Asheville Neighborhood Congress 3.0

From Montford to Sunset Drive to Oakley, Asheville’s neighborhoods each have their own distinctive feel. But, says Mariana Bailey, co-president of the Coalition of Asheville Neighborhoods, they also have similar desires. The search for those fundamentals—and the methods to achieve them—are at the core of the annual CAN Neighborhood Congress.

Since the first one three years ago, the meetings have exposed common objectives most neighborhoods would like to see realized: safety, meeting places, inclusiveness etc.

“There really was a good similarity,” Bailey says of previous congresses. “They just said it in a lot of different ways.”

This year’s congress is intended to move forward from “What do we want” into “How do we do it?” she says.

Though some of Asheville’s neighborhoods have been around for years, others are just forming, and Bailey notes that, in both cases, design helps dictate community. “How neighborhoods are designed determines how people relate to each other,” she says.

To that end, the group, which is often at the center of high-profile planning-and-development discussions in Asheville, has invited Mitchell Silver, Raleigh’s director of city planning and urban design, to be this year’s keynote speaker. Silver is currently helping Raleigh through a comprehensive plan for 2030.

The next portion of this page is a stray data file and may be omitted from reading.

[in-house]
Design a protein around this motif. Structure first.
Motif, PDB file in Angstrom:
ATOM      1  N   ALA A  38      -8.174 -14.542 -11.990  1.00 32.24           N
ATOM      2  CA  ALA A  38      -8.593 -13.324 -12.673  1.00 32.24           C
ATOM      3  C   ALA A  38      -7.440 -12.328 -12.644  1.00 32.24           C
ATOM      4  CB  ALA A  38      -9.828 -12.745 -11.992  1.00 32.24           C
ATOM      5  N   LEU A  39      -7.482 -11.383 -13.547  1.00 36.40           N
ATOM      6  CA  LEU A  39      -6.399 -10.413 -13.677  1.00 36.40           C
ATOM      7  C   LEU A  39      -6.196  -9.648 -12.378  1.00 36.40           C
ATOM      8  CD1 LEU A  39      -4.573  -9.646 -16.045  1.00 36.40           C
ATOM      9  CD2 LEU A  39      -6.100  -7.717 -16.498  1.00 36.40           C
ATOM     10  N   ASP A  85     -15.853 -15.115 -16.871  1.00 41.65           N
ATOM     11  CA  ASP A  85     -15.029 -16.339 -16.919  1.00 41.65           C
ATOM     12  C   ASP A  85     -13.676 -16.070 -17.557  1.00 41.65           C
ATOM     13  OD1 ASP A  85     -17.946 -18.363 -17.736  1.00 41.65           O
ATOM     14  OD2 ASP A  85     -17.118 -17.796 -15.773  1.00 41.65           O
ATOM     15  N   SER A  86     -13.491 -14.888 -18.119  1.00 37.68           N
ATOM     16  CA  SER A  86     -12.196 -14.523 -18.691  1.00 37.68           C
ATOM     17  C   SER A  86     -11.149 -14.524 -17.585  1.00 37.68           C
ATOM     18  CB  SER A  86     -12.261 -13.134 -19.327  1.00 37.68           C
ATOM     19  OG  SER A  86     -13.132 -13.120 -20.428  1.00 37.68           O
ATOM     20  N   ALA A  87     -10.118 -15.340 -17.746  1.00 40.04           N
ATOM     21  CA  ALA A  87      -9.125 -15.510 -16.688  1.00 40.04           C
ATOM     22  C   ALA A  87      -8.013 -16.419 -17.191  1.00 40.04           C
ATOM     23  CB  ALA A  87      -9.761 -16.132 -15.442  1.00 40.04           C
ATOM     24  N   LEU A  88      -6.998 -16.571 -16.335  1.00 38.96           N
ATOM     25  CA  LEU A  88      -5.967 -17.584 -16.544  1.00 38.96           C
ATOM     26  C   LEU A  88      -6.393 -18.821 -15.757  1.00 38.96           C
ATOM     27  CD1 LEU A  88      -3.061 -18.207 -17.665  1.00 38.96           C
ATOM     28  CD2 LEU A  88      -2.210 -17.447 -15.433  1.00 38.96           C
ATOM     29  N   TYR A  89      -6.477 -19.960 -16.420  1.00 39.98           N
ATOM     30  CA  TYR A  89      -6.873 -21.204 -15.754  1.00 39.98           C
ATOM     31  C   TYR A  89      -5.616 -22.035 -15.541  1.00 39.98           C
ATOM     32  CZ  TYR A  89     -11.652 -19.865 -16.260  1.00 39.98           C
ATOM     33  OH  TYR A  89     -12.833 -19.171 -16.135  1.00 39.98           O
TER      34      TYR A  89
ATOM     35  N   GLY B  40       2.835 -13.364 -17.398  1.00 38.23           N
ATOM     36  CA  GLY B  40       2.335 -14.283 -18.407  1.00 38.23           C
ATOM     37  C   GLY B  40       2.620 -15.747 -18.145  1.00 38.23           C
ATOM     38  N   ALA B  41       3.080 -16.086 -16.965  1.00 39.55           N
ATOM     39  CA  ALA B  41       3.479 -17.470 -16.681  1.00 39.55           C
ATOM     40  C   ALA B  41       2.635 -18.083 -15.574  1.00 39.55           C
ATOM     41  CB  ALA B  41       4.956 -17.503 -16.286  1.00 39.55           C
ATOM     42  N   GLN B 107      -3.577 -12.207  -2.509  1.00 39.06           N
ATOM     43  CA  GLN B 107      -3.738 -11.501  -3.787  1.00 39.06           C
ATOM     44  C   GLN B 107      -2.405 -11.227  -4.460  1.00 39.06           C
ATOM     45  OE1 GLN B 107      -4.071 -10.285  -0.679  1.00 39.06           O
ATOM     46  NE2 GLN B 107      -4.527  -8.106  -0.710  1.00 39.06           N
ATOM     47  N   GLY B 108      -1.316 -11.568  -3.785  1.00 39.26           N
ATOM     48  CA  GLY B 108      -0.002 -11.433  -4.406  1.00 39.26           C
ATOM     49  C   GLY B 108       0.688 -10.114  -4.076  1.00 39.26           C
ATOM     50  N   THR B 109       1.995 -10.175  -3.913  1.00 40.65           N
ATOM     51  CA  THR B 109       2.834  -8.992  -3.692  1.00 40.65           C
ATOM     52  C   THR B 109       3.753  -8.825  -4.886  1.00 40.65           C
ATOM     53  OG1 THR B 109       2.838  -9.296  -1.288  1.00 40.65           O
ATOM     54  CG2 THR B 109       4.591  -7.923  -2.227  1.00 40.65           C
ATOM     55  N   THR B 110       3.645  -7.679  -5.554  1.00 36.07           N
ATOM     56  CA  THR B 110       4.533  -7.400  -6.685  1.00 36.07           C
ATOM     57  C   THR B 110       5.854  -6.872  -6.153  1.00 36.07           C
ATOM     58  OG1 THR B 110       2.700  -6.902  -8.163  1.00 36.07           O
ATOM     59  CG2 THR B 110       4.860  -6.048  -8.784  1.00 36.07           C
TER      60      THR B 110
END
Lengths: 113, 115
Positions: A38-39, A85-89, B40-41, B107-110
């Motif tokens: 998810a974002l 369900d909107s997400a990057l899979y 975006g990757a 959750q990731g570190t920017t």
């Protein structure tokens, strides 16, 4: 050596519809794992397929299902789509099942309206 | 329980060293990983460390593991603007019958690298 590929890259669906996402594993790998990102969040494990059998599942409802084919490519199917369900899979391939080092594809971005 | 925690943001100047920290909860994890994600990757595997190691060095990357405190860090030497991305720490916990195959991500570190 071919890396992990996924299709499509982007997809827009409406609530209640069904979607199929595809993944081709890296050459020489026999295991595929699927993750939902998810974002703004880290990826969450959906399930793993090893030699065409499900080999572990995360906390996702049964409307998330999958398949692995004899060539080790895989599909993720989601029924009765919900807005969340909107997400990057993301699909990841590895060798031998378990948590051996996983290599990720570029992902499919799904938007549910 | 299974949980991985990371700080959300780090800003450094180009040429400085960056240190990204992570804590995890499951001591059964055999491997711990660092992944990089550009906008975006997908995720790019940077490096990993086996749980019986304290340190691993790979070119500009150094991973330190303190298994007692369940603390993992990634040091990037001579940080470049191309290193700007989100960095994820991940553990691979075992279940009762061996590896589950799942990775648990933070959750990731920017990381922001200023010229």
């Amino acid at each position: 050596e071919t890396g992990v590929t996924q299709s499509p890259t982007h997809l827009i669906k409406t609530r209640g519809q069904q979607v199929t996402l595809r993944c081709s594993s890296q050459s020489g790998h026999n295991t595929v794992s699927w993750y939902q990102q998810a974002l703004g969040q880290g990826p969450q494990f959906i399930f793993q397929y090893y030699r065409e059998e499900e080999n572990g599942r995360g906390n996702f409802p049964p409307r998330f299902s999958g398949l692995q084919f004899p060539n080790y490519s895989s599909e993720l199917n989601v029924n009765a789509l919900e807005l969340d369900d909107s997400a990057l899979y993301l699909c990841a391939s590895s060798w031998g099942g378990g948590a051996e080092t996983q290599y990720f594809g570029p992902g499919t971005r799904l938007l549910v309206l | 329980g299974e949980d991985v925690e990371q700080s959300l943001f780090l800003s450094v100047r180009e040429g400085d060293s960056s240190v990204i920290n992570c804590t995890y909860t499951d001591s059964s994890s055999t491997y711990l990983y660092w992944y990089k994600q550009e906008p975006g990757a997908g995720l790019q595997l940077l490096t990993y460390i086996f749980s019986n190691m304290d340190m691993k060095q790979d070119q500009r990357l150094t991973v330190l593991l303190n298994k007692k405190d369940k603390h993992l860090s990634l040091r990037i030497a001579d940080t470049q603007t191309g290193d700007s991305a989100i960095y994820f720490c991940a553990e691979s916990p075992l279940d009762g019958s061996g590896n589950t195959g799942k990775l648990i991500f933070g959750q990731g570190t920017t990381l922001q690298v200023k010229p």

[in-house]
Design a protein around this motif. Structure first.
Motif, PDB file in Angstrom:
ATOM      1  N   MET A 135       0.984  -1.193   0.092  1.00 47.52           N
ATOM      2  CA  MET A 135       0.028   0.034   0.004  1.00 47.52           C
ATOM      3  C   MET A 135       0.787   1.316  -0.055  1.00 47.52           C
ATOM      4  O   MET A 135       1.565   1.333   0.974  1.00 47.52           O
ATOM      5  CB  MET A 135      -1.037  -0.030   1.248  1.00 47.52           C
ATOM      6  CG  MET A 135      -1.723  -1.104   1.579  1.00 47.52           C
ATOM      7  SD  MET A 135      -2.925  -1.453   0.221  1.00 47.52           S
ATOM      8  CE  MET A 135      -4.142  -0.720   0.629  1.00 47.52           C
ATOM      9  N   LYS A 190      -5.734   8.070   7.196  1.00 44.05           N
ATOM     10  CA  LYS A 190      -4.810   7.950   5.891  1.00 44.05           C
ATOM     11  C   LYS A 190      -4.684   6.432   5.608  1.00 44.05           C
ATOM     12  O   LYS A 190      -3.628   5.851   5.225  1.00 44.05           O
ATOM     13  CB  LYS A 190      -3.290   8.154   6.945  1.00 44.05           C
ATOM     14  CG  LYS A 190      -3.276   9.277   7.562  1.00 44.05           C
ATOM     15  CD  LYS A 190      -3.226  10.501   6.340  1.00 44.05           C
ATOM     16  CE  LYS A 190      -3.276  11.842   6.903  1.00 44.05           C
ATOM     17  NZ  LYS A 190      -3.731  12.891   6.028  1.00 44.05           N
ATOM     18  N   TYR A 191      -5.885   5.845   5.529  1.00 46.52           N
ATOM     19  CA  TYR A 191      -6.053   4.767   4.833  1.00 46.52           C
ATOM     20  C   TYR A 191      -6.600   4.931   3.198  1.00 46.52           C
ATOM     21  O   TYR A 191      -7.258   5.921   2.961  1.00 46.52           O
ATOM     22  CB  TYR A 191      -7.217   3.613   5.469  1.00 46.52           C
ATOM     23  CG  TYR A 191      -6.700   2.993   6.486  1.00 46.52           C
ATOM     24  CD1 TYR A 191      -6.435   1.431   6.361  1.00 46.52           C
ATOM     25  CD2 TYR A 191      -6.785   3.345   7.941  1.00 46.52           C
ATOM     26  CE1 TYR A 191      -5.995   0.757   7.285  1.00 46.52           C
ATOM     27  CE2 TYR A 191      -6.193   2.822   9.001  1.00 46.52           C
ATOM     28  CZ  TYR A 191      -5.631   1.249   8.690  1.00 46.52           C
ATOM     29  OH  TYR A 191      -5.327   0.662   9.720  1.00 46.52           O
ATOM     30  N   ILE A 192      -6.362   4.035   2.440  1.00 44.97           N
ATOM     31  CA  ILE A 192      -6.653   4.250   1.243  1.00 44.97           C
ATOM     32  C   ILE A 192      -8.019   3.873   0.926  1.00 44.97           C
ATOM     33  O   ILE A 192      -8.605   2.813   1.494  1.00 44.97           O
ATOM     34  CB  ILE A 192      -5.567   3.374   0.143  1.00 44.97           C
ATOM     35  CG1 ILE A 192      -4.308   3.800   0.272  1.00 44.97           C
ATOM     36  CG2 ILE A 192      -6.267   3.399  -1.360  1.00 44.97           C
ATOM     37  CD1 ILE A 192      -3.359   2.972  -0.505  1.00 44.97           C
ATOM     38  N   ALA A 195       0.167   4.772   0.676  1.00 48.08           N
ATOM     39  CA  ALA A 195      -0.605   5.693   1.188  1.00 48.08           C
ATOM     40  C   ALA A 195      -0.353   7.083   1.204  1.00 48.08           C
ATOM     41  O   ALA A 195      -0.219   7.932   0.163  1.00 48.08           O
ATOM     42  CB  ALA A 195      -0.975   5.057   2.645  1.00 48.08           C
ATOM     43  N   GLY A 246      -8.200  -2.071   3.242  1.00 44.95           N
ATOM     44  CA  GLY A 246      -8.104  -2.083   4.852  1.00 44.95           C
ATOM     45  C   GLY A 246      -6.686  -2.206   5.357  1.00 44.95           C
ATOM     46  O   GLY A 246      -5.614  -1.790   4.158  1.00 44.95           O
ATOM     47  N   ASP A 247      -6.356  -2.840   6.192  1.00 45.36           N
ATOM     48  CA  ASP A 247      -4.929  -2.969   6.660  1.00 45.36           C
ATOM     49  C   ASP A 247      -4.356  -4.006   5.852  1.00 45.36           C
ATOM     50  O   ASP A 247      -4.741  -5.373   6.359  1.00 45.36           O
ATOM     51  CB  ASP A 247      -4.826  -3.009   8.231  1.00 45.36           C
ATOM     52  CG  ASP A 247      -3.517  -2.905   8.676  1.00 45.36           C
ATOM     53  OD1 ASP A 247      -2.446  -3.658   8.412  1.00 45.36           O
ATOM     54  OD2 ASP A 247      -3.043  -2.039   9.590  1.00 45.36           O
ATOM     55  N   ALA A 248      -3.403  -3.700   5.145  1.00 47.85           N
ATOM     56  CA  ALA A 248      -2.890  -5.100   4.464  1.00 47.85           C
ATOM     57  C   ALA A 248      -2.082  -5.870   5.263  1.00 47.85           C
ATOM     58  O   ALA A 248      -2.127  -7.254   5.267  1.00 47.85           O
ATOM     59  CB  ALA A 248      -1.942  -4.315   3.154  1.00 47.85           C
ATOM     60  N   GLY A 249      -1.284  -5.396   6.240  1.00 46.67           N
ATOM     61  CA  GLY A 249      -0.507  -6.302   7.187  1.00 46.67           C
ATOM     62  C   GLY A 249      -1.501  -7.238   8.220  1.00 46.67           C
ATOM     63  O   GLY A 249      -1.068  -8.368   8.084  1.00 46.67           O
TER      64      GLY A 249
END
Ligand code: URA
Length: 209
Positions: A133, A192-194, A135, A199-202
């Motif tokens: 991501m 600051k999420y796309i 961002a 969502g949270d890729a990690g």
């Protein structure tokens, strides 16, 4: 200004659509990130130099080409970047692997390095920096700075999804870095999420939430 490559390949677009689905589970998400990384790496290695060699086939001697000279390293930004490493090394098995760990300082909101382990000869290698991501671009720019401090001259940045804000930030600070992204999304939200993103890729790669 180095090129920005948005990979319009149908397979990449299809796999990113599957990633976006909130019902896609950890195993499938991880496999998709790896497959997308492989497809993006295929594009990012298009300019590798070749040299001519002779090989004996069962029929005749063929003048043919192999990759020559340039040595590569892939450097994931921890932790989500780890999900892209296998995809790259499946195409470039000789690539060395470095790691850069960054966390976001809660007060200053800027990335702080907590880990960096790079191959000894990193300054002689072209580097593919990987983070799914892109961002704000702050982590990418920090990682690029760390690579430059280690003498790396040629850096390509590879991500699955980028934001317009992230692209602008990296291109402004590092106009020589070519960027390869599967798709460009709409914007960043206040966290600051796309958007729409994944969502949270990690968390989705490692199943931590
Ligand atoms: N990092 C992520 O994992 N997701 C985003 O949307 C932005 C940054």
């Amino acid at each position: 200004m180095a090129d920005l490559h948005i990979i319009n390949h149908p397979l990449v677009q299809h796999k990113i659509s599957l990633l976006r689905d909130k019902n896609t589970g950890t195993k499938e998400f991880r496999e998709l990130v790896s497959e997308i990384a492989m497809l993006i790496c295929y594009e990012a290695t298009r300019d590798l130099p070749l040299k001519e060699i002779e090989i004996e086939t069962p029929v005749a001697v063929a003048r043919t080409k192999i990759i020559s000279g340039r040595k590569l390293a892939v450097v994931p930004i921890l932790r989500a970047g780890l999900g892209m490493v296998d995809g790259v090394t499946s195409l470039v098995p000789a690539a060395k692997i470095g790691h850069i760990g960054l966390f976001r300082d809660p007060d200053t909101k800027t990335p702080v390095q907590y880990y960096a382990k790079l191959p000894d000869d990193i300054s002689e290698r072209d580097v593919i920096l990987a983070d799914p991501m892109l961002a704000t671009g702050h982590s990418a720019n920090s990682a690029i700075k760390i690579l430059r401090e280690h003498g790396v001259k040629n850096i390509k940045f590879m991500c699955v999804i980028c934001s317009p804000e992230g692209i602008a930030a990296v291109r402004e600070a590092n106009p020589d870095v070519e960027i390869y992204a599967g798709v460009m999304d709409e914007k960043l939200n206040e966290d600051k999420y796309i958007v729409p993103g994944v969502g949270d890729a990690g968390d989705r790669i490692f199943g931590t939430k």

As she has at past CAN events, Mayor Terry Bellamy will give an address, and the city’s new Planning and Development Director Judy Daniel will also make an appearance.

CAN’s presence in the community is hard to underestimate. The group recently celebrated its 25th anniversary and has often been responsible for keeping city government’s feet to the fire on controversies like the Greenlife/Maxwell Street dispute and the Staples design issues. In response to CAN’s efforts, the city even created a new staff position, that of neighborhood coordinator, to act as a liaison between the group, the city and Asheville at large.

The whole plan, Bailey says, is to get some control over how Asheville will look in the next century.

“Asheville is going to grow,” she says. “But how do we want it to grow?”

The third annual CAN Congress will meet at Jubilee! (46 Wall St.) on Saturday, Oct. 4, from 8:30 a.m. to 12:15 p.m. To register, e-mail or call 252-3684. A $5 fee includes coffee and snacks.


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